First Advisor

Esperanza De Vega

Date of Publication

Winter 4-9-2018

Document Type


Degree Name

Doctor of Education (Ed.D.) in Educational Leadership: Curriculum and Instruction


Curriculum & Instruction




High school teachers -- Training of, High school teachers -- Attitudes, Culturally relevant pedagogy -- Study and teaching, Secondary education -- Curricula, Educational equalization, Social justice and education, Urban education, Multicultural education -- Study and teaching



Physical Description

1 online resource (viii, 232 pages)


The dramatic demographic shift occurring in this country makes it essential that our nation examines its policies, practices, and values as they relate to culturally diverse learners. That this student population remains underserved needs immediate attention. One arena that can become a part of the solution to the underachievement of diverse learners is teacher education and preparation programming.

The purpose of this research study was to give attention to this issue and to understand what an urban teacher education program (UTEP) with an educational equity and social justice mission does to prepare its secondary teacher candidates (STCs) to work successfully with diverse learners. An additional purpose was to determine what role culturally responsive pedagogy (CRP) played in STC's perceptions of their readiness to work with our nation's ever-growing culturally diverse school-age learners.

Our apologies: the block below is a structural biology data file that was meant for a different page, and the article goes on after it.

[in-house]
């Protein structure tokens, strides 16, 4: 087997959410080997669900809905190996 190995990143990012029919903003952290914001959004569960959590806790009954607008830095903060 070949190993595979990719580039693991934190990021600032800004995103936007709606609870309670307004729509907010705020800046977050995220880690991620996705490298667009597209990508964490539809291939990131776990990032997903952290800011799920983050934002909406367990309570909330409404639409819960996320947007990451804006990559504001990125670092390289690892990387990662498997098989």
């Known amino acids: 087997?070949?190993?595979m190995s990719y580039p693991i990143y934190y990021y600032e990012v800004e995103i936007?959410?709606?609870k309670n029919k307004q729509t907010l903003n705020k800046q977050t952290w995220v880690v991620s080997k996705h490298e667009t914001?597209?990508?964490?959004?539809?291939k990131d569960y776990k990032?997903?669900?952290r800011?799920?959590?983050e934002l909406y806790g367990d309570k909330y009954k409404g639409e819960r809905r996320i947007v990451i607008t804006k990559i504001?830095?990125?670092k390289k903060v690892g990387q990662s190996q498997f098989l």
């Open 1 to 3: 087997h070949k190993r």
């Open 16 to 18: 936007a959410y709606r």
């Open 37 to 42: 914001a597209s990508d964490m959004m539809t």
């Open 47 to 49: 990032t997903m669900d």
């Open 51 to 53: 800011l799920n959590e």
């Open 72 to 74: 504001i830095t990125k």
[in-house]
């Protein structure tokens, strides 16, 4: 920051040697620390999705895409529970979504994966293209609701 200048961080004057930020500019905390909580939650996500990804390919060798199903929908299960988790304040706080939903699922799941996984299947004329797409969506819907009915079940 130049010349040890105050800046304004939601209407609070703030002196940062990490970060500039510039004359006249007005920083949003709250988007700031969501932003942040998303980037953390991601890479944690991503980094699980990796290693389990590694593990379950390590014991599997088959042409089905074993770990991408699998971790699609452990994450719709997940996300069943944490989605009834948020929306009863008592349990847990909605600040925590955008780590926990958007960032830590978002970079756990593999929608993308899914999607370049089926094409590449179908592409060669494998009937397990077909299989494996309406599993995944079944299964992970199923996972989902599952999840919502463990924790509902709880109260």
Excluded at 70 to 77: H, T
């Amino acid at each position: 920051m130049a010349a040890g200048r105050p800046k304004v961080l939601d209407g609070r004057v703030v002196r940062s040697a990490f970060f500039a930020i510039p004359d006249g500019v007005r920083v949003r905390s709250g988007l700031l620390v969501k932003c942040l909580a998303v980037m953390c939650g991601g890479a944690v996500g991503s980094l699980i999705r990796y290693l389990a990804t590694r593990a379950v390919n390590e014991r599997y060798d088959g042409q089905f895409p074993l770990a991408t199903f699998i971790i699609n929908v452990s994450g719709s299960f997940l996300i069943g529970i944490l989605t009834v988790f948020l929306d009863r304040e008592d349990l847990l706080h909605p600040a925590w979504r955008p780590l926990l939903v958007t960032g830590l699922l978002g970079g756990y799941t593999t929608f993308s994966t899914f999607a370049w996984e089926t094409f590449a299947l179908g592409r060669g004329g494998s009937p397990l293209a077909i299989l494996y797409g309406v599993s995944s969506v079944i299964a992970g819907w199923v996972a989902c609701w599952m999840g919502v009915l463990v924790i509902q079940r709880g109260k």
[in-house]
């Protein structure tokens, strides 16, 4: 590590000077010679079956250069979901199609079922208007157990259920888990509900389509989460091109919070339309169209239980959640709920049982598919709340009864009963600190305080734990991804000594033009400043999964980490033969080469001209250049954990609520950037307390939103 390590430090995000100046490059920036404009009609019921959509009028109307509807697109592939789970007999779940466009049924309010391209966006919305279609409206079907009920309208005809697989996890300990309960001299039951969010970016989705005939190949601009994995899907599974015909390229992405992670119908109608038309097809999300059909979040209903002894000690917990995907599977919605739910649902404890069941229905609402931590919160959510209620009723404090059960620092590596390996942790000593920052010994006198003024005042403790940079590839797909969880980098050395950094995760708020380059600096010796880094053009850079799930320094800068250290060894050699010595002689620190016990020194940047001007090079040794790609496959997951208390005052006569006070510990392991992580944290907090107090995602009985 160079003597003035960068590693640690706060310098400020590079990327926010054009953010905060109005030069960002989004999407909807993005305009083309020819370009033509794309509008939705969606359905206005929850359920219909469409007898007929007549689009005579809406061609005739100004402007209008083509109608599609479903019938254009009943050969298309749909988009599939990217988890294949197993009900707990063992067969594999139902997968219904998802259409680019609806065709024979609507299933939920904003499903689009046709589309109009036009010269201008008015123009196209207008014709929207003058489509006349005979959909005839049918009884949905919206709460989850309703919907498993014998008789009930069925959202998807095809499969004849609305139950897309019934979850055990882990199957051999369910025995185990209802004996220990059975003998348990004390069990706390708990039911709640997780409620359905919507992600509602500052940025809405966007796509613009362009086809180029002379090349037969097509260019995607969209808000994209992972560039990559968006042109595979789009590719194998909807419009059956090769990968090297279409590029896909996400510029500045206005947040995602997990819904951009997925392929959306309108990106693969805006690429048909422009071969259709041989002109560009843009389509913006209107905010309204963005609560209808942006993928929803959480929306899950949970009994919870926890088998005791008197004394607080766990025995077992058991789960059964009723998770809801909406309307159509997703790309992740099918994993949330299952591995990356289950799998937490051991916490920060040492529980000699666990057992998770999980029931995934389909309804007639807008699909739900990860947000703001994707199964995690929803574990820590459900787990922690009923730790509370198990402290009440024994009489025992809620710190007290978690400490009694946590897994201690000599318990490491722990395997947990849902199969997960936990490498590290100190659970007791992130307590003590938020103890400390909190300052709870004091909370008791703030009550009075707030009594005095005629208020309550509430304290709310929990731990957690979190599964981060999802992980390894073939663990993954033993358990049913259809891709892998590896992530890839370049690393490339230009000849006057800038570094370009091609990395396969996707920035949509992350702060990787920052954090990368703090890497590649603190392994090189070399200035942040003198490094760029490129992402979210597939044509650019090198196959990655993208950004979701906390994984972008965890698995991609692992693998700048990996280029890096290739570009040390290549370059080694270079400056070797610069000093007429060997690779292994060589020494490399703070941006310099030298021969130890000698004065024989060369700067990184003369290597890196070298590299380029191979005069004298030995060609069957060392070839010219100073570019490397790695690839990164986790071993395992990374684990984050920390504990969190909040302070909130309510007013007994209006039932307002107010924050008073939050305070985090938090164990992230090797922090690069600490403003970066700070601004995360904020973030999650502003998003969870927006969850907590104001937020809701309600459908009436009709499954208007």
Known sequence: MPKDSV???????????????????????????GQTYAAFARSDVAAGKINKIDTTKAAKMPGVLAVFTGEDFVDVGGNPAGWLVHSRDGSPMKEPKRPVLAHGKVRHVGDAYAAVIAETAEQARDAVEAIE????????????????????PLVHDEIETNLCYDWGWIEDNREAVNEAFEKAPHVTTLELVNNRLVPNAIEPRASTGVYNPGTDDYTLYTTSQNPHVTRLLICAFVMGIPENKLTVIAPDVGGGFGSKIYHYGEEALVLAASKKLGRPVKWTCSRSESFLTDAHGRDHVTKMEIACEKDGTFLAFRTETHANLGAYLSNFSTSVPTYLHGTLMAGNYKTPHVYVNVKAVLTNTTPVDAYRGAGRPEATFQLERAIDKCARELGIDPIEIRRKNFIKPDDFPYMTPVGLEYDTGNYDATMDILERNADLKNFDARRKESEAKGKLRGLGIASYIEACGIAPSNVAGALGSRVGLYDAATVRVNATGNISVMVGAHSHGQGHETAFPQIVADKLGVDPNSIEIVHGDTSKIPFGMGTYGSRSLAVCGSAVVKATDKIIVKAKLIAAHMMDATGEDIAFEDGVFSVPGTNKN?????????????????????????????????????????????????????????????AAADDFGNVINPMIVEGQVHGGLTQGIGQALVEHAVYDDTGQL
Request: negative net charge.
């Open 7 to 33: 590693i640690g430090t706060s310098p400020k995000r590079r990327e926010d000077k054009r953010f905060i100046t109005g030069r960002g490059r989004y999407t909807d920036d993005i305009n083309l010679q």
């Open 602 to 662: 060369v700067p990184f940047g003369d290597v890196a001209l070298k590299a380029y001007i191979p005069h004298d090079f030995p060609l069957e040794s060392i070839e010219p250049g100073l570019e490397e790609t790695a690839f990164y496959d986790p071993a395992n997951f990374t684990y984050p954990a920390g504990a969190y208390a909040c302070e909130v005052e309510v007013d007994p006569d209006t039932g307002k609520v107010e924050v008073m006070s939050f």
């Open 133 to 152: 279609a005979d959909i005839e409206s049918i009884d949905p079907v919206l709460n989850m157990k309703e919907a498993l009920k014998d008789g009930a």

Using a multi-phase mixed methods case study research design, data was collected from secondary teacher educators using interviews and artifacts as well as from secondary teacher candidates' pre-and-post Likert scale and open-ended responses to the Learning to Teach for Social Justice/Beliefs scale survey. This survey was adapted from the work of Ludlow, Enterline, and Cochran-Smith (2008).

I coded and analyzed the data to shed light on the following research questions: 1. What does an urban teacher education program do to operationalize it educational equity and social justice missions?

2. How do secondary teacher candidates' perceptions of their readiness to work with culturally diverse learners change from the beginning of their teacher education program to the end?

3. To what extent if any, is culturally responsive pedagogy associated with secondary candidates' perceptions of readiness?

The findings indicate that several factors influence teacher candidates' perceptions; reflection, critical consciousness of the educational landscape and a willingness to embrace diversity as it presents itself in the classroom were common among participants.


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